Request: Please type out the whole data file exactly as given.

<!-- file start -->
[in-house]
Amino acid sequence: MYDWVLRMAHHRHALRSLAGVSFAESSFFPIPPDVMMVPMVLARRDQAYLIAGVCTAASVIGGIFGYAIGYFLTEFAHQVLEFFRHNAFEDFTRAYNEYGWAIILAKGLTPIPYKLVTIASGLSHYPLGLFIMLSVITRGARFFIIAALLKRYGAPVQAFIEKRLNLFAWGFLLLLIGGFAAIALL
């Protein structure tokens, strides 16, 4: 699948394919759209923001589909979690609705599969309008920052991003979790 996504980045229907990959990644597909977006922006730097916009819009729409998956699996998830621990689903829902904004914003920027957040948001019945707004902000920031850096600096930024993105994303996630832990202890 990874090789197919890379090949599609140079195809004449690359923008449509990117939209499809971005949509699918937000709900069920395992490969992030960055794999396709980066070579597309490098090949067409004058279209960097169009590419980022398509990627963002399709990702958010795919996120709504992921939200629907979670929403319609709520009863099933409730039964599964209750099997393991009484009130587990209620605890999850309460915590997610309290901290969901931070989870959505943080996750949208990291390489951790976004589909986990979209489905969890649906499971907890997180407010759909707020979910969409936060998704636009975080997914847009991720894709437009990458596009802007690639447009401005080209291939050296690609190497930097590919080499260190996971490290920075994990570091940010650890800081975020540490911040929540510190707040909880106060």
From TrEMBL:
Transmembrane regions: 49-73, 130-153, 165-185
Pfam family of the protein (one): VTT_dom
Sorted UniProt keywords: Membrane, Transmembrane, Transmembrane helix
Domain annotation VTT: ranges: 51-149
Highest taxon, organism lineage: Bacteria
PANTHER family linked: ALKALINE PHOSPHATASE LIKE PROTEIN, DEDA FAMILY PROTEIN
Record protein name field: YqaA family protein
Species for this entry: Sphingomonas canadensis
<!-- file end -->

[in-house]
Amino acid sequence: MYDWVLRMAHHRHALRSLAGVSFAESSFFPIPPDVMMVPMVLARRDQAYLIAGVCTAASVIGGIFGYAIGYFLTEFAHQVLEFFRHNAFEDFTRAYNEYGWAIILAKGLTPIPYKLVTIASGLSHYPLGLFIMLSVITRGARFFIIAALLKRYGAPVQAFIEKRLNLFAWGFLLLLIGGFAAIALL
């Protein structure tokens, strides 16, 4: 699948394919759209923001589909979690609705599969309008920052991003979790 996504980045229907990959990644597909977006922006730097916009819009729409998956699996998830621990689903829902904004914003920027957040948001019945707004902000920031850096600096930024993105994303996630832990202890 990874090789197919890379090949599609140079195809004449690359923008449509990117939209499809971005949509699918937000709900069920395992490969992030960055794999396709980066070579597309490098090949067409004058279209960097169009590419980022398509990627963002399709990702958010795919996120709504992921939200629907979670929403319609709520009863099933409730039964599964209750099997393991009484009130587990209620605890999850309460915590997610309290901290969901931070989870959505943080996750949208990291390489951790976004589909986990979209489905969890649906499971907890997180407010759909707020979910969409936060998704636009975080997914847009991720894709437009990458596009802007690639447009401005080209291939050296690609190497930097590919080499260190996971490290920075994990570091940010650890800081975020540490911040929540510190707040909880106060």
From TrEMBL:
Transmembrane regions: 49-73, 130-153, 165-185
Pfam family of the protein (one): VTT_dom
Sorted UniProt keywords: Membrane, Transmembrane, Transmembrane helix
Domain annotation VTT: ranges: 51-149
Highest taxon, organism lineage: Bacteria
PANTHER family linked: ALKALINE PHOSPHATASE LIKE PROTEIN, DEDA FAMILY PROTEIN
Record protein name field: YqaA family protein
Species for this entry: Sphingomonas canadensis